Guest Blog- Fallacies in Procurement Reasoning


As a Procurement professional, I want to believe that I’m a reasonable and sensible person when dealing with potential and incumbent suppliers. However, after reading the list of Common Fallacies in Reasoning I questioned if I ever experienced or observed some of the fallacies in reasoning during my procurement practices.  Surprisingly, I realized very quickly that I did witness many of the listed mistakes during either a supplier selection or a contract negotiation process.

The most common fallacy in Procurement, in my opinion, is a SLIPPERY SLOPE.  This error in reasoning is also known as a “snowball” or a “domino effect” and it assumes that if you make one move, it will inevitably lead to other similar motions that you will be unable to stop.  For example, “If we allow even one supplier to renegotiate our standard contract terms, then all suppliers will want to renegotiate their contracts.” However, that is not always the case.   We all know that standard terms and conditions provide a template from which to make adjustments, and if we didn’t allow suppliers to make changes, we would have no suppliers.  If we have terms that are NOT negotiable, we should let suppliers know that upfront.  Also, we should always start with our terms and not the suppliers.   

The next very frequently used fallacy during the purchasing process is a FALSE DILEMMA.  It deals with the notion that no matter what the outcome will be, it will be negative.   For example, when selecting a potential service provider, you may hear this reasoning – “If we go with the lowest price bid, the service quality will probably be terrible; and if we decide to pick the best service offer, we will pay through the nose.”  The goal of each sourcing project should be to find the best overall VALUE for the proposed price, also known as Total Cost of Ownership  (TCO).   The value is a fair price that we are willing to pay for the best quality product or service.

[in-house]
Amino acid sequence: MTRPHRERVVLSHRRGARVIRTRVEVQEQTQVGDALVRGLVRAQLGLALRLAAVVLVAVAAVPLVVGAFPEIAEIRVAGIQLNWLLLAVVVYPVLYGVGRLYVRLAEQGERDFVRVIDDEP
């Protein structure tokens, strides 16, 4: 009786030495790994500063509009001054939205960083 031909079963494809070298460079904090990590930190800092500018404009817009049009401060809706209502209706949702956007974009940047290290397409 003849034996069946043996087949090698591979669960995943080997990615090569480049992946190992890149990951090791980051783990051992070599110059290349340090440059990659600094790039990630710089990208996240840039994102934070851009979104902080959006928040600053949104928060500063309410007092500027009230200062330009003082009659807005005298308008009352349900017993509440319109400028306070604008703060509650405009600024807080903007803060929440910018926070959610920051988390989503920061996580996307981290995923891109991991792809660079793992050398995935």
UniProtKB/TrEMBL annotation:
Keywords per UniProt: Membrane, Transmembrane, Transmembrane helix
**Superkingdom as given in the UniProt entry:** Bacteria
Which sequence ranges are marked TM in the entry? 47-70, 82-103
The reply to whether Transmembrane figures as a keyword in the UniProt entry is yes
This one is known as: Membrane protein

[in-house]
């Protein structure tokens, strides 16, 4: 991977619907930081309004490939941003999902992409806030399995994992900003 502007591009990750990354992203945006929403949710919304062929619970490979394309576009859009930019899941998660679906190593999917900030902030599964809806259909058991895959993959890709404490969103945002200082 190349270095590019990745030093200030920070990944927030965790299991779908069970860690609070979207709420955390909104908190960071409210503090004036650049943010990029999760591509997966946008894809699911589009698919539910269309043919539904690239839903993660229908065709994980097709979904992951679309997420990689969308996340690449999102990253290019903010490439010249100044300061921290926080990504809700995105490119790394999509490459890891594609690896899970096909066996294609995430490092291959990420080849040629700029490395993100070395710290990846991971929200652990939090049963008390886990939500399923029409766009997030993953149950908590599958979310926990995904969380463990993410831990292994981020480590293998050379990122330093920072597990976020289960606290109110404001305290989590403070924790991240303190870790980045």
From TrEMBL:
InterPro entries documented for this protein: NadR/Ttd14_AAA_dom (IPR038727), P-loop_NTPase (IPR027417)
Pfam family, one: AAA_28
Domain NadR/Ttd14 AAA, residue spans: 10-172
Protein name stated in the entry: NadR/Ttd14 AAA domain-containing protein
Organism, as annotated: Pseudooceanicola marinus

HASTY GENERALIZATION is another potential fallacy in Procurement.  It is based on a small unrepresentative sample that is applied to a much bigger situation.  For instance, when deciding which companies to include in the request for quote (RFQ) list, some team members could state, “We’ve tried to get quotes from this company once before, but their prices were too high, and the quality is questionable.  Therefore, they should be excluded from all future bids.”  If you hear this reasoning, please reject it.  No suppliers should be excluded from getting your business just because they didn’t win prior bids.  Also, provide constructive feedback to those suppliers and assist them in doing a better job during future bids.

The worst fallacy in Procurement reasoning is INCONSISTENCY.  It typically deals with a contradicting statement and must be discouraged from ever being used.  This particular saying always made me cringe – “Sure, we will go through the competitive bidding process and give all suppliers an equal chance to win our business, but in my mind I already made a choice about the winner.”  This type of faulty reasoning is not only contradicting but also unethical.  We must treat all incumbent and prospective suppliers with respect and consideration for their time.  In this situation, try to persuade all team members that maintaining a level playing field  is beneficial to the organization, and the outcome could potentially surprise a decision maker.

See more examples of Common Fallacies in Reasoning by clicking the link and think about how often you encounter these fallacies in either your business or personal life situations.


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